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Barely two hours into trading and Yahoo shares were on the decline in a big way, off about $4.50 a share, or almost 20 percent; while Microsoft shares are on the increase. Both stocks are well off their lows and highs of the morning, however, as investors try to figure out what they'll both do next. If anything. They will do something. But what?
European shares ended lower on Monday, breaking a three-day winning streak, as techs and telecoms weighed and offset the impact of surprisingly strong U.S. service sector figures.
Stocks opened lower Monday as Yahoo weighed on technology shares after Microsoft withdrew its takeover offer.
Yahoo's shares tumbled after Microsoft withdrew its $47.5 billion takeover offer, wiping out about $7.6 billion in market value and piling pressure on its leadership, especially CEO Jerry Wang.
Shares of Yahoo fell 22 percent in premarket trading as hopes for the once dominant search engine dimmed on the withdrawal of a $43.7 billion bid from Microsoft over the weekend.
CNBC's Becky Quick is reporting this morning from Omaha on the Berkshire Hathaway Annual Shareholders meeting over the weekend. In this clip, she shows us an excerpt from her Buffett interview on the exposition floor, asking how much cash Berkshire has on hand. Buffett also comments on how some of the key people involved in the Microsoft-Yahoo fight were brought together in Omaha.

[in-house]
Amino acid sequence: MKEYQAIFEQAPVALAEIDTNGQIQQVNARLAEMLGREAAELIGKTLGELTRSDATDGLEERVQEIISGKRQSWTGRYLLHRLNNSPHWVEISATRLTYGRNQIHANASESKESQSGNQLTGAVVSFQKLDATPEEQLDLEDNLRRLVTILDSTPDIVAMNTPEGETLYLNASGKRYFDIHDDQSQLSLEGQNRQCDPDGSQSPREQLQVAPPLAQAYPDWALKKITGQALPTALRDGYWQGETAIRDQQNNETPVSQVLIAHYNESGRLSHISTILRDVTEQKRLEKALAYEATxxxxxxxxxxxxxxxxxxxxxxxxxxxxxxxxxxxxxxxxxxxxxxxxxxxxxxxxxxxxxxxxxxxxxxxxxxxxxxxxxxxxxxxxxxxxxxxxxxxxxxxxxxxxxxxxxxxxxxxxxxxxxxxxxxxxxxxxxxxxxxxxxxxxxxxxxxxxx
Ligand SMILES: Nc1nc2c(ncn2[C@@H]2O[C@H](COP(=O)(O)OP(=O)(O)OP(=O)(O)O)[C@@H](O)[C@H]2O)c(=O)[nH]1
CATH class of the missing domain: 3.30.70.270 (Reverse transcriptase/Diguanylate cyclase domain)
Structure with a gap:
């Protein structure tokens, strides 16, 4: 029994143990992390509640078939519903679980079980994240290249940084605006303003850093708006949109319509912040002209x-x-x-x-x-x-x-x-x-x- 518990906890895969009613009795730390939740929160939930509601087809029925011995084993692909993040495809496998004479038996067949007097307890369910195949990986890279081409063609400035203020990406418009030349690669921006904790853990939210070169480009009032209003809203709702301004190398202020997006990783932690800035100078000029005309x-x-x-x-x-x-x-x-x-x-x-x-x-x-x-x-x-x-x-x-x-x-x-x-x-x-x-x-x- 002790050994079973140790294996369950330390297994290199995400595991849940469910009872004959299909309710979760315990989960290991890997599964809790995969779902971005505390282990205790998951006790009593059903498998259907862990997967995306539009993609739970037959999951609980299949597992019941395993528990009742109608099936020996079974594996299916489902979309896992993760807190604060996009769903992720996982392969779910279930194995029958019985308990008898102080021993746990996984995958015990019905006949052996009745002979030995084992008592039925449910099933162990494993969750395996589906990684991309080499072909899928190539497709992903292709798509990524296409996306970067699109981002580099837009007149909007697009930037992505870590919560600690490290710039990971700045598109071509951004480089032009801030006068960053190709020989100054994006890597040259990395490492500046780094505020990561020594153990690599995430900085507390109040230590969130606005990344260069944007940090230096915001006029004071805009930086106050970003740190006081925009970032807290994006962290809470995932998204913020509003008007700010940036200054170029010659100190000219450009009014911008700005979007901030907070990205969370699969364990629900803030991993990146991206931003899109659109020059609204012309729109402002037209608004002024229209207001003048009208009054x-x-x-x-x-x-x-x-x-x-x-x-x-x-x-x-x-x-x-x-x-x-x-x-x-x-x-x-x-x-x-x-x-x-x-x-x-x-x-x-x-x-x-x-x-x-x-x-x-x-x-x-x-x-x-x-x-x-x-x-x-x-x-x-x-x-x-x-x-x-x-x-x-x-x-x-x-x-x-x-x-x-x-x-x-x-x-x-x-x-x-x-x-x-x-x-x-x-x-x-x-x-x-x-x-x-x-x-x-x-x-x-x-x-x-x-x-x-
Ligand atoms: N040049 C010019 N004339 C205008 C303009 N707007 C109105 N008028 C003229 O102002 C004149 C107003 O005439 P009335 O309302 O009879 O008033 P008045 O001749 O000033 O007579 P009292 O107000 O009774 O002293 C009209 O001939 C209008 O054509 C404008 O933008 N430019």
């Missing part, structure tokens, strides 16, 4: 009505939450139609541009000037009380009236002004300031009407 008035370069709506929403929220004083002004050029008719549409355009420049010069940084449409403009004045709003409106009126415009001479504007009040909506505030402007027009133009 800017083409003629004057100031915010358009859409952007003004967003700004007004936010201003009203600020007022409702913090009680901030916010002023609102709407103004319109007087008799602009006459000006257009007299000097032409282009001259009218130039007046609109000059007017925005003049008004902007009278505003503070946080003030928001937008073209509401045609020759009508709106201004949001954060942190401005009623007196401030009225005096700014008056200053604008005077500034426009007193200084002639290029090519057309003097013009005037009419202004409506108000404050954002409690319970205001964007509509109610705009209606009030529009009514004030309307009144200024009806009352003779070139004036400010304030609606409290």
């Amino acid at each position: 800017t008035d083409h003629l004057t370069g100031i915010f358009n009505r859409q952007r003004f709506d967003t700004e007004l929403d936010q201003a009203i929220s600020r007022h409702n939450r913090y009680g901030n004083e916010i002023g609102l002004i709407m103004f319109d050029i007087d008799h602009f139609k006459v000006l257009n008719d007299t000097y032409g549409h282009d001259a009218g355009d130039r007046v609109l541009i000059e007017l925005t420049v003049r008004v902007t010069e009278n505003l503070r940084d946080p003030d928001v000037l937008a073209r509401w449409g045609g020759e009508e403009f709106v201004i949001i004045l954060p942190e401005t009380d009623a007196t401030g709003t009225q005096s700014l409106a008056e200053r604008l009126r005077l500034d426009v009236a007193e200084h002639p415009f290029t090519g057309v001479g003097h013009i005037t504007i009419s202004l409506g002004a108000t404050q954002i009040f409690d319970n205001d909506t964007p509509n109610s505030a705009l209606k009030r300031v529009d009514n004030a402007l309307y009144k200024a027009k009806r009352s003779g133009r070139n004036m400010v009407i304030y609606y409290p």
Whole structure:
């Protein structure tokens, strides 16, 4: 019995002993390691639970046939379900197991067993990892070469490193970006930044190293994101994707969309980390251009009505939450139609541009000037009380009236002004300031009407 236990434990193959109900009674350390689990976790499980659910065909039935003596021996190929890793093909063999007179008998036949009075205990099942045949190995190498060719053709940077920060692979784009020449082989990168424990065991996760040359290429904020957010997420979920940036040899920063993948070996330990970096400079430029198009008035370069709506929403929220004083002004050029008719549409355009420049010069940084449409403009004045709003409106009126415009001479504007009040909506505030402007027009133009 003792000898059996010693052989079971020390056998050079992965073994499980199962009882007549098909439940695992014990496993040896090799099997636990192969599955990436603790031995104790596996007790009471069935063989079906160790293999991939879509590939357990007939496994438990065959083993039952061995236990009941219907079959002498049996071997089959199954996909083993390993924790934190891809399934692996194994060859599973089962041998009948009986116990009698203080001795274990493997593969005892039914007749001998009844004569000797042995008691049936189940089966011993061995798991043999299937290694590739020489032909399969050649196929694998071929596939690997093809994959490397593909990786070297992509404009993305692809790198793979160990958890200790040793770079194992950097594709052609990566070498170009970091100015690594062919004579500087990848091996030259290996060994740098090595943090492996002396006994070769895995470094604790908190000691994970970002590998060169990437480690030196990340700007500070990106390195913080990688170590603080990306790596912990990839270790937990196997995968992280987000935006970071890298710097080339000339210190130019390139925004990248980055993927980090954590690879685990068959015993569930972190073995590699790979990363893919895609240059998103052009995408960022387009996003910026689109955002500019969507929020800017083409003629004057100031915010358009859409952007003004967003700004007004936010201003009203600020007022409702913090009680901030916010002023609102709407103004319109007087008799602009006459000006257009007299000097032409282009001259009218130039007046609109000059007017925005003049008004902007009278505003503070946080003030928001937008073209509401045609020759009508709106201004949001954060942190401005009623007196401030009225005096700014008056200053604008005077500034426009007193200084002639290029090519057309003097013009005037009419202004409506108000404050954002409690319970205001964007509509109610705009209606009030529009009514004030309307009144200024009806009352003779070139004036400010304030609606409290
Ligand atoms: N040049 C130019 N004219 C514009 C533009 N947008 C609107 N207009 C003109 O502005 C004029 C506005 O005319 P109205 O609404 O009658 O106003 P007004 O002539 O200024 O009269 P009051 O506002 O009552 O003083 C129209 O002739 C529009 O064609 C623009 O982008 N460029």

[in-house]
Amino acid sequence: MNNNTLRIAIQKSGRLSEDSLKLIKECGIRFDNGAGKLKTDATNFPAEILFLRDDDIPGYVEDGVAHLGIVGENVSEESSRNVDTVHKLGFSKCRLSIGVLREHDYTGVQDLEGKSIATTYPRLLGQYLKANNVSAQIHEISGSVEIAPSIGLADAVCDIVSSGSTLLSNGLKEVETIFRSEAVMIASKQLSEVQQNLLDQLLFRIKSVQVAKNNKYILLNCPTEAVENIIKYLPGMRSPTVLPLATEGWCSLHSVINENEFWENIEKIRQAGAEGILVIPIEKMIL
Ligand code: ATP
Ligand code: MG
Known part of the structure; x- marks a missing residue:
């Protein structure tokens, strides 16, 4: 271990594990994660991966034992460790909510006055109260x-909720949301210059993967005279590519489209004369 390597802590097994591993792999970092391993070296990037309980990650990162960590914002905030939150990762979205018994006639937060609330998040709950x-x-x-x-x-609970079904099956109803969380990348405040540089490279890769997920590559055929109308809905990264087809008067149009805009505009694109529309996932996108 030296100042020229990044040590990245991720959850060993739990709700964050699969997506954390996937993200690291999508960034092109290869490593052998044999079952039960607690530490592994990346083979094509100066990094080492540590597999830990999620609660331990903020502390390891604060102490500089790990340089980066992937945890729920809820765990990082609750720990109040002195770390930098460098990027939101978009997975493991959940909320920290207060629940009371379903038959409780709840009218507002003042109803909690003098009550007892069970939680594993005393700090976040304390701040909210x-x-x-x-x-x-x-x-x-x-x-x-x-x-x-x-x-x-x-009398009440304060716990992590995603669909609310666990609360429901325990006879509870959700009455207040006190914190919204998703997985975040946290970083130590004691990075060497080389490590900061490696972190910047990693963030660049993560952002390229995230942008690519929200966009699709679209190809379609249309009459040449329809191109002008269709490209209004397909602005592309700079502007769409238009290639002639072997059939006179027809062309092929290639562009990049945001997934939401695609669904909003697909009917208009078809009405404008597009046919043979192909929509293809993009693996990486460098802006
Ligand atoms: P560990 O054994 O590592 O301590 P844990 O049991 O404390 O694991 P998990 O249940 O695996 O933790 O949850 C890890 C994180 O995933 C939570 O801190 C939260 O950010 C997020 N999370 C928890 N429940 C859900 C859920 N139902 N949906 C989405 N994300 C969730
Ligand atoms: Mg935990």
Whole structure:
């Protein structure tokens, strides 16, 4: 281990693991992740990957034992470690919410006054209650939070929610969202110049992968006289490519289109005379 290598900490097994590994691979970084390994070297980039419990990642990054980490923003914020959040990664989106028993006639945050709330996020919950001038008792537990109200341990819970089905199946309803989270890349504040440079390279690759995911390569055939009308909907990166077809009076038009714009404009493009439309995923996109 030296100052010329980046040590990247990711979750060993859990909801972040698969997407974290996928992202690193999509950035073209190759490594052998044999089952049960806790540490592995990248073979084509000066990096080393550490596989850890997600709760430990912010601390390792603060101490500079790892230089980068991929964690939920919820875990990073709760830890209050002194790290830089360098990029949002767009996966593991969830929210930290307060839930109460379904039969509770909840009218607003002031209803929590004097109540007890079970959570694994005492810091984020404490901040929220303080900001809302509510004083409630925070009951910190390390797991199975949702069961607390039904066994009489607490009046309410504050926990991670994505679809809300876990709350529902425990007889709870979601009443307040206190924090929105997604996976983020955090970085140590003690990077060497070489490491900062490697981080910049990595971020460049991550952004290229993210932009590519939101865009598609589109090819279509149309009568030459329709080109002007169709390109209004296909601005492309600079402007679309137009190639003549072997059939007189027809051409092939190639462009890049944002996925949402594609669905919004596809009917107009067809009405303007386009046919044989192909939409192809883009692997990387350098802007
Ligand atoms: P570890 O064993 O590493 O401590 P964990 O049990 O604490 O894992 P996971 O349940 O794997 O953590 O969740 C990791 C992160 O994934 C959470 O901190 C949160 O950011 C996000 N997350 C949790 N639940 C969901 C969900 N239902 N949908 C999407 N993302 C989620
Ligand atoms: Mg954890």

Talk about a nerve-wracking couple of days for Yahoo investors, especially the ones who flooded into the issue on Friday on word that Microsoft was increasing its offer to $33 a share.
Shares in China's leading e-commerce firm Alibaba.com slid 6 percent on Monday after Microsoft dropped a bid for Yahoo, Alibaba's key investor.
A source close to Yahoo disputes Microsoft's claims that the internet search company was aloof in its negotiations following Microsoft's unsolicitied bid, and says Microsoft's own timeline shows an active negotiation process, whether Microsoft liked it or not.
Now that Microsoft has withdrawn it's bid, the pressure is on Yahoo to prove it can revive its languishing stock price.
With Microsoft now walking away from its unsolicited bid for Yahoo, new details are emerging as to just how bizarre these negotiations -- or lack thereof -- have been since Microsoft first made the deal public three months ago.
Wall Street could extend gains this week if financial results from market bellwethers such as Cisco Systems and data suggest the U.S economic slowdown is not as dire as once feared.
For now, it seems Microsoft CEO Steve Ballmer has kept his passionate side in check in choosing to walk away from ahostile Yahoo offer.
A flurry of last-minute talks between the heads of the companies preceded Microsoft's decision to end its bid for Yahoo.
A chronology of events leading to Microsoft's decision to abandon its offer for Web search and advertising competitor Yahoo:
"We continue to believe that our proposed acquisition made sense for Microsoft, Yahoo! and the market as a whole," said Microsoft CEO Steve Ballmer.
The following is the letter sent by Microsoft CEO Steve Ballmer to Yahoo CEO Jerry Yang
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Microsoft, hoping to salvage a takeover of Yahoo, has reluctantly agreed to boost its offer to about $33 a share in cash and stock from $31, though Yahoo is holding out for $37, sources have told CNBC.
Berkshire Hathaway’s annual meeting on Saturday puts Warren Buffett center stage for the third time this week. With more than $40 billion in cash, where will the Oracle of Omaha turn next?